# Vector calculus: divergence theorem! help!

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• Jun 9th 2010, 06:47 AM
TheFirstOrder
Vector calculus: divergence theorem! help!
Using the divergence thm, evaluate the following equation

$\displaystyle \int\int_{s}(a^{2}x^{2}+b^{2}y^{2}+c^{2}z^{2})^{-1/2}dS$

where S is the surface of the ellipsoid $\displaystyle ax^{2}+by^{2}+cz^{2}=1$

I am suck on this question because I have only done them for spheres.

I am not sure of how to get the normal and then what to do from there. I know it seems like I haven't done a lot on this question, but I am struggling to see how this question would be done.
• Jun 9th 2010, 06:56 AM
Ackbeet
If you're supposed to use the divergence theorem, then use the divergence theorem. You can essentially take a derivative inside the integral sign, and integrate over the volume instead.
• Jun 9th 2010, 08:11 AM
TheFirstOrder
Quote:

Originally Posted by Ackbeet
If you're supposed to use the divergence theorem, then use the divergence theorem. You can essentially take a derivative inside the integral sign, and integrate over the volume instead.

Okay, so I should get something like this?

$\displaystyle \int\int\int_{v}-1/2(a^{2}x^{2}+b^{2}y^{2}+c^{2}z^{2})^{-3/2}(2a^{2}x+2b^{2}y+2c^{2}z)dV$
• Jun 9th 2010, 09:20 AM
Ackbeet
Maybe... The divergence theorem states that

$\displaystyle \iiint_{V}(\nabla\cdot\vec{F})\,dV=\iint_{S}\vec{F }\cdot\hat{n}\,dS$.

You're going to have to get the surface integral you started with to look like the RHS of the divergence theorem. So I think your original question still stands: how to get the normal vector.

How do you get the normal to the surface? The gradient is your answer. According to the wiki, if you have a surface defined implicitly: $\displaystyle G(x,y,z)=0$, then the normal at point $\displaystyle \langle t,u,v\rangle$ is given by $\displaystyle \nabla G(t,u,v)$.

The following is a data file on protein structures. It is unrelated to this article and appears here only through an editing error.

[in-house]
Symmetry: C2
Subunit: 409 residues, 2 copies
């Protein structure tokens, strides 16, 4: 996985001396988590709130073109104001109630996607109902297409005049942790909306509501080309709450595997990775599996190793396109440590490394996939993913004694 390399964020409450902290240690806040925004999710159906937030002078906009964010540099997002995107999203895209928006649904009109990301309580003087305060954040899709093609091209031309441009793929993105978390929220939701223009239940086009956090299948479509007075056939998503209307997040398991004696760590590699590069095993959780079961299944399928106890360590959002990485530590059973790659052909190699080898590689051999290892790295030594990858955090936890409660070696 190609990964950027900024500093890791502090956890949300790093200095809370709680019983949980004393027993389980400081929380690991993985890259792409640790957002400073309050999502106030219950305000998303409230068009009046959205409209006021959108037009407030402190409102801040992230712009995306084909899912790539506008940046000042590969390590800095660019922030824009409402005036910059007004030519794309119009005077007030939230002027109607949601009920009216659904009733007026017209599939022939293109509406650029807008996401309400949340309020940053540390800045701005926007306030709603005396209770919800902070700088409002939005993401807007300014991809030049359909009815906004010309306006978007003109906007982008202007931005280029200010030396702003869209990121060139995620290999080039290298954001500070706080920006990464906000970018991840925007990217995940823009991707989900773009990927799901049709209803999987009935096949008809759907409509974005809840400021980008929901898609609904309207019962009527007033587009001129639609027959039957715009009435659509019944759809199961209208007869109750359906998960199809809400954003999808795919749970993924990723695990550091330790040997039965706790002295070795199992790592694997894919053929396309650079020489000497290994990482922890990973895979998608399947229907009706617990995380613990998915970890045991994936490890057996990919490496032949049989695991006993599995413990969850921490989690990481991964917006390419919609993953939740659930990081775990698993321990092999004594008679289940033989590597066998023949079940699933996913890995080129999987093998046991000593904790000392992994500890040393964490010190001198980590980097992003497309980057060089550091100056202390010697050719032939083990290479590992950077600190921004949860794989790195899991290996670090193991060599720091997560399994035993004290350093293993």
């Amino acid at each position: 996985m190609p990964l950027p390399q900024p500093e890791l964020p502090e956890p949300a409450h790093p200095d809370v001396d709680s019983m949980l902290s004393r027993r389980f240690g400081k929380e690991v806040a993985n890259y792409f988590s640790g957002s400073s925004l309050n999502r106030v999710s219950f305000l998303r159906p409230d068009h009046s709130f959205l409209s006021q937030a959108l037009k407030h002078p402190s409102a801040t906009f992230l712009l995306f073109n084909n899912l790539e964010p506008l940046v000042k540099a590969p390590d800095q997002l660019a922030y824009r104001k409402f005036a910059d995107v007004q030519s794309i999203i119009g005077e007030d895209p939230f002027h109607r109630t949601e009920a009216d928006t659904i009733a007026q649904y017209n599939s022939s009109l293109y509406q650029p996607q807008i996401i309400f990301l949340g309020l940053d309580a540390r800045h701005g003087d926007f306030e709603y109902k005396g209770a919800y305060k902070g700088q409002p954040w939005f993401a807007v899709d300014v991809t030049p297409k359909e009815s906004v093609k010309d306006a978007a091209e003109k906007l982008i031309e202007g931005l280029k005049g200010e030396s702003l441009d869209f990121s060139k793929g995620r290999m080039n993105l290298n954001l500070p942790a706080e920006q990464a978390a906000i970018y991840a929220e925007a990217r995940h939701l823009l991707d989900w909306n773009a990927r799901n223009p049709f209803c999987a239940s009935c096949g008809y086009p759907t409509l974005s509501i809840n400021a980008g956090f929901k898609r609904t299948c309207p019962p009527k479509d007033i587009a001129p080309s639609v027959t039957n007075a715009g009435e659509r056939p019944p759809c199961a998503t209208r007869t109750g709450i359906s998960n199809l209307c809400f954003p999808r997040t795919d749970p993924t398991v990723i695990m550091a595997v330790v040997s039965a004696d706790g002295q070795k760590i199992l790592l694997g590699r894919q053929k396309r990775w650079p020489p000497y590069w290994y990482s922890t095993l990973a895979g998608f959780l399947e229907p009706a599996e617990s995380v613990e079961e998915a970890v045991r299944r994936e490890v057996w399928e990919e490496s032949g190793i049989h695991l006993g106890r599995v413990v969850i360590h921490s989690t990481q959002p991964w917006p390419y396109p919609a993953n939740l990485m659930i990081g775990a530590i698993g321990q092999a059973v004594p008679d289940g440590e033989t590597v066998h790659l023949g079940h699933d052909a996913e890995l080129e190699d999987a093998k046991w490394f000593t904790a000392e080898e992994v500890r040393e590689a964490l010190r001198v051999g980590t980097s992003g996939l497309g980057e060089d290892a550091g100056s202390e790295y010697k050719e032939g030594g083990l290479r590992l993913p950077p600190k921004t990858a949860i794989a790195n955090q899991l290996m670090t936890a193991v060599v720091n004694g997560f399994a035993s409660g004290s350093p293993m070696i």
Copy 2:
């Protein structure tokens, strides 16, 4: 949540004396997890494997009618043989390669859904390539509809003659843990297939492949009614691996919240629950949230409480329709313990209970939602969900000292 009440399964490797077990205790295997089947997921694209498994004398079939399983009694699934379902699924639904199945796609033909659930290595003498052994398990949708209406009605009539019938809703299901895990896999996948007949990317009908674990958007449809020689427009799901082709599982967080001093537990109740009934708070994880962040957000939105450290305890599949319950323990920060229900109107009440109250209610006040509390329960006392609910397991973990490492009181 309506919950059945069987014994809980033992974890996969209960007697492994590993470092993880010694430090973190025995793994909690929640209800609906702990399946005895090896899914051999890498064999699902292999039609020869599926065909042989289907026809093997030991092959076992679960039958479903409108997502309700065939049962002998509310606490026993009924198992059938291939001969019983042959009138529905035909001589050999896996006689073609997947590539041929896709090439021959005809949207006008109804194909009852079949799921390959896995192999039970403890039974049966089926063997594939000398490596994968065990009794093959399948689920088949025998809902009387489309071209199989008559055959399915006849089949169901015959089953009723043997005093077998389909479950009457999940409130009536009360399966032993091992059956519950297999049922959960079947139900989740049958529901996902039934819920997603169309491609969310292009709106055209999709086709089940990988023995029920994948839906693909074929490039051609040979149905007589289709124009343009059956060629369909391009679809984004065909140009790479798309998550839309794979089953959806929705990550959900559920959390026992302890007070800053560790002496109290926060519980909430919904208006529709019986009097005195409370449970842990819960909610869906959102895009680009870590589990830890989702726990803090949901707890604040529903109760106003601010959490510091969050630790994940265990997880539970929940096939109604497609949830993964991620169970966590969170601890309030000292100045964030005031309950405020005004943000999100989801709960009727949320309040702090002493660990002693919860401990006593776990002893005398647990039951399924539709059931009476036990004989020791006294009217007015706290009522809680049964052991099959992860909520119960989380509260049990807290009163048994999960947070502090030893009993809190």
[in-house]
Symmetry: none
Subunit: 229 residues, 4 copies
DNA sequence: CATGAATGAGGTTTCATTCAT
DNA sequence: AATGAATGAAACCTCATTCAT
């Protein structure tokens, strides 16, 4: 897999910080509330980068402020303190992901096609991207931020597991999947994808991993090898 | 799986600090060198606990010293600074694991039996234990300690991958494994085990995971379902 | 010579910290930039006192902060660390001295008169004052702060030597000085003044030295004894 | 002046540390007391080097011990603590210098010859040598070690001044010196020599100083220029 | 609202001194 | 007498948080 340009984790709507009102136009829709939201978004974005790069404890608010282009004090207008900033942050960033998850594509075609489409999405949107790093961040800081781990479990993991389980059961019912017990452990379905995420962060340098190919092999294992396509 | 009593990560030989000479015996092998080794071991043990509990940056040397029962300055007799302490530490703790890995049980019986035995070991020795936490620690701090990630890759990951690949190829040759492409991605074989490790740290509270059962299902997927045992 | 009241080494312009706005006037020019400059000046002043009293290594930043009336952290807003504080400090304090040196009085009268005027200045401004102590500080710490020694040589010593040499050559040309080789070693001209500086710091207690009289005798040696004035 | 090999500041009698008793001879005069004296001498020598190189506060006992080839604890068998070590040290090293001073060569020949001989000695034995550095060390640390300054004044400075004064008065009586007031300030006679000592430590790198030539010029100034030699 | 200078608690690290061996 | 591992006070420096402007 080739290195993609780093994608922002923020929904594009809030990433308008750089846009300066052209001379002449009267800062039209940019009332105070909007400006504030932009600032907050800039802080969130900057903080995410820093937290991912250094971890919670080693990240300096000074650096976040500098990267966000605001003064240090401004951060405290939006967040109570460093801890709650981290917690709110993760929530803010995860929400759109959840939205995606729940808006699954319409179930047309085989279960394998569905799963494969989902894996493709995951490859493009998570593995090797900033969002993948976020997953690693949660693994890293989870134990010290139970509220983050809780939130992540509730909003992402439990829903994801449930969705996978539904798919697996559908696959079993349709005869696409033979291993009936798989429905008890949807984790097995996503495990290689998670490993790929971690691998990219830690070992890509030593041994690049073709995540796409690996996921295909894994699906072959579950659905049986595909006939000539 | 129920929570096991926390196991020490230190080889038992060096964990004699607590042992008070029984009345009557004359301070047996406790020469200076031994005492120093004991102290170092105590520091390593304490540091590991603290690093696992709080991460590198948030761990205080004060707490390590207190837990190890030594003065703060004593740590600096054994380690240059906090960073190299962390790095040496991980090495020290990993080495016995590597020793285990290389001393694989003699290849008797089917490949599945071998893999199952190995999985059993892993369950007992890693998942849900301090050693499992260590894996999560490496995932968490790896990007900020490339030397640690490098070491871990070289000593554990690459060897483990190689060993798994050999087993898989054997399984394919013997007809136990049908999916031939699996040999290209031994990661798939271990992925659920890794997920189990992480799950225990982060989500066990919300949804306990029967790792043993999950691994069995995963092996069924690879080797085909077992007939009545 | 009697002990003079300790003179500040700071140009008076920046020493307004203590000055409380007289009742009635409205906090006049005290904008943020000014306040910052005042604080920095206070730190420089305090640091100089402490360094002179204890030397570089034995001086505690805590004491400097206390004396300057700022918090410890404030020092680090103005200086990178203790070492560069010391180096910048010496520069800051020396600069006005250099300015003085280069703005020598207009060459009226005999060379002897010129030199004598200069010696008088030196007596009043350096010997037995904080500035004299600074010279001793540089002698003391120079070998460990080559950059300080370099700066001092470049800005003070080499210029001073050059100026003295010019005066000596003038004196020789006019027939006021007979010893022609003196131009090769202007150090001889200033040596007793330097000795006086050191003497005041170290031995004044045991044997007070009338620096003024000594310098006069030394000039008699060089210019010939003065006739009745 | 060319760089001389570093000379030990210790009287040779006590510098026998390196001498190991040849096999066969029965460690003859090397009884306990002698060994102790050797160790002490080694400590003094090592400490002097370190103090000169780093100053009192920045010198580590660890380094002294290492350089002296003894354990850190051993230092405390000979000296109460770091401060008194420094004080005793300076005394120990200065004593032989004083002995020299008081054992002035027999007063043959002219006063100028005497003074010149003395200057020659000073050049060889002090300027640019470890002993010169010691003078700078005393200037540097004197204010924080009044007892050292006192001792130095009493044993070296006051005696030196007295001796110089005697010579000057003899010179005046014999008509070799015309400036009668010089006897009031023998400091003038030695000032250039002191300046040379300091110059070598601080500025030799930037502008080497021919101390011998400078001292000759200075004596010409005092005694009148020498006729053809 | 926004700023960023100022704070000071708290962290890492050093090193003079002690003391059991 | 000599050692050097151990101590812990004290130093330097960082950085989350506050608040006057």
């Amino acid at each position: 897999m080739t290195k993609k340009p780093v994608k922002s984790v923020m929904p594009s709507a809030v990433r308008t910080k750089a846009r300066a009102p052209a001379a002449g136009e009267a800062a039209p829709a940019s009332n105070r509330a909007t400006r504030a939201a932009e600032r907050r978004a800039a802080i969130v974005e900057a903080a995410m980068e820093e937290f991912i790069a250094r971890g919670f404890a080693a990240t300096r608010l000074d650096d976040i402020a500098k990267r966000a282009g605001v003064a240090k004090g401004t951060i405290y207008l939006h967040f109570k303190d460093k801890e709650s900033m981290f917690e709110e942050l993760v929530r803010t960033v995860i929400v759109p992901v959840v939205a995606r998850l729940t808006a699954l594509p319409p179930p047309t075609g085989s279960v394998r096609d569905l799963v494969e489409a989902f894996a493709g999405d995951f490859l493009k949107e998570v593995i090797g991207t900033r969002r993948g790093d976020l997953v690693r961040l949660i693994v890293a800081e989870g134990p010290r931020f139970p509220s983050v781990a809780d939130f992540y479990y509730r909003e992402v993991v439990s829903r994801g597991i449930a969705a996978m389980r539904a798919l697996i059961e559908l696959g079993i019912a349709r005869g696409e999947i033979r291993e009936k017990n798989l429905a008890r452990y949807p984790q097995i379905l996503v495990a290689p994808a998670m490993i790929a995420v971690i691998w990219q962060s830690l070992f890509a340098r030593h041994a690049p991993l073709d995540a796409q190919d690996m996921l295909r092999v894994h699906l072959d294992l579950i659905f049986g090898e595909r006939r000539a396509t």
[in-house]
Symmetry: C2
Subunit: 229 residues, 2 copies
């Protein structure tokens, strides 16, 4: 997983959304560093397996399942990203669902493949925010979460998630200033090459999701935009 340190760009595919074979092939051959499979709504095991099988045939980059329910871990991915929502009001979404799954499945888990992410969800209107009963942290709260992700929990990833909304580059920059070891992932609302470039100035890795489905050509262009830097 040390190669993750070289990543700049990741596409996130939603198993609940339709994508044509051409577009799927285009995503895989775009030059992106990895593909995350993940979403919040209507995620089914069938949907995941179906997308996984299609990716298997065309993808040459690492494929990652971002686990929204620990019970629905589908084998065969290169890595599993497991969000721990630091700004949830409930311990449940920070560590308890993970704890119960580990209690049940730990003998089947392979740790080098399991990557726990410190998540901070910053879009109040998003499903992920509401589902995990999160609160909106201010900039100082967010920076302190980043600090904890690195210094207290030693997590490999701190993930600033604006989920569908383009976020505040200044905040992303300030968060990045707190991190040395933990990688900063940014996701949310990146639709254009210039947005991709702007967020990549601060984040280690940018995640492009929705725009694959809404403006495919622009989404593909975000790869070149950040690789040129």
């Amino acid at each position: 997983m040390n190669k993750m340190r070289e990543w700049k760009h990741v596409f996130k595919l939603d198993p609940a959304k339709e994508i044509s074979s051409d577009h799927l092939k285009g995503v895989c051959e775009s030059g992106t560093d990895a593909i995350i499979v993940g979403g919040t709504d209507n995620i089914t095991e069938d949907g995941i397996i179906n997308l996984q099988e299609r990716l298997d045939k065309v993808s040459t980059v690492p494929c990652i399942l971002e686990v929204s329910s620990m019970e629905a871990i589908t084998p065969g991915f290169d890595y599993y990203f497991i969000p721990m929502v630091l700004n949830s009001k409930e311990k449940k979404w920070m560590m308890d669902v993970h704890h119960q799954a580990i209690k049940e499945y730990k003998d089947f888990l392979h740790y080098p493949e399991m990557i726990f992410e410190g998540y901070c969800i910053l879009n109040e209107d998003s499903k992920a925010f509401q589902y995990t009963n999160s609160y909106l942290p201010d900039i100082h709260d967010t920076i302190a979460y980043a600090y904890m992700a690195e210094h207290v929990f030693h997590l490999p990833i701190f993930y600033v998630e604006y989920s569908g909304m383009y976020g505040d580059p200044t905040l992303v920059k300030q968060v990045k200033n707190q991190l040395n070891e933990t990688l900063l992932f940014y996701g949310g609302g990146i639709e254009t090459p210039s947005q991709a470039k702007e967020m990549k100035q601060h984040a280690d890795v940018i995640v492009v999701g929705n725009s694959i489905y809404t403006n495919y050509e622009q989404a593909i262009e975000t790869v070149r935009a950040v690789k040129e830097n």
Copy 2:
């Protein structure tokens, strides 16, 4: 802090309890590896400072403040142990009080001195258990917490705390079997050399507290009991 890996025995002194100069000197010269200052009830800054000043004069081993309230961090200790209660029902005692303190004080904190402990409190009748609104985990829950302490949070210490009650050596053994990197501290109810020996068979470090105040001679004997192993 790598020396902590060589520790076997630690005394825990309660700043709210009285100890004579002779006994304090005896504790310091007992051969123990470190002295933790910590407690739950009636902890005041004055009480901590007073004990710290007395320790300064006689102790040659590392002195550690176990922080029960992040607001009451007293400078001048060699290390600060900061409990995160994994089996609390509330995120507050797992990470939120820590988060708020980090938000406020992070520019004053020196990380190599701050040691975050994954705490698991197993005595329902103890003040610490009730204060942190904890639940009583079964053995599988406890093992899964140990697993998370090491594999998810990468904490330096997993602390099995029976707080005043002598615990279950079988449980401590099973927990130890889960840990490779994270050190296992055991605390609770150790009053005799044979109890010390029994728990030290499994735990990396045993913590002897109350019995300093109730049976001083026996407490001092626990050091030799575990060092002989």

So, with your $\displaystyle G(x,y,z)=ax^{2}+by^{2}+cz^{2}-1=0$, the gradient vector is $\displaystyle \langle 2ax, 2by, 2cz\rangle$.

The formula in the divergence theorem, however, wants to see a unit normal vector. So, we take this result and divide by its length:

$\displaystyle \hat{n}=\frac{\langle 2ax, 2by, 2cz\rangle}{2\sqrt{a^{2}x^{2}+b^{2}y^{2}+c^{2}z^{2 }}} =\frac{\langle ax, by, cz\rangle}{\sqrt{a^{2}x^{2}+b^{2}y^{2}+c^{2}z^{2}} }$.

Next, we want to recover $\displaystyle \vec{F}$. That is, we need

$\displaystyle \vec{F}\cdot\hat{n}=\sqrt{a^{2}x^{2}+b^{2}y^{2}+c^ {2}z^{2}}$ (the RHS of this equation is your original integrand), or
$\displaystyle \vec{F}\cdot\frac{\langle ax, by, cz\rangle}{\sqrt{a^{2}x^{2}+b^{2}y^{2}+c^{2}z^{2}} }=\sqrt{a^{2}x^{2}+b^{2}y^{2}+c^{2}z^{2}}$.

It jumps out to me that it must be that $\displaystyle \vec{F}=\langle ax,by,cz\rangle$. This is then the function of which you must take the divergence, which I think you'll agree is much easier. It had to be a vector function, in any case, right?

I think you'll find the integrand of the volume integral to be very simple indeed. You might even find the problem reduced to finding the volume of an ellipsoid.

Hope this helps.
• Jun 9th 2010, 10:11 AM
TheFirstOrder
Okay, that makes sense to me. I just didn't know where to start.Thanks for helping! :)
• Jun 9th 2010, 10:13 AM
Ackbeet
You're very welcome. Have fun.
• Jun 10th 2010, 07:33 AM
TheFirstOrder
Sorry, I just realised I make a typo in the original question - it is to the power of -1/2 not 1/2. But would we expect to get the same F?
EDIT: sorry, please ignore, it's 1.38 am and i'm not thinking straight. got the answer :P
• Jun 11th 2010, 08:57 AM
Ackbeet
Can you please re-type the problem exactly? Thanks!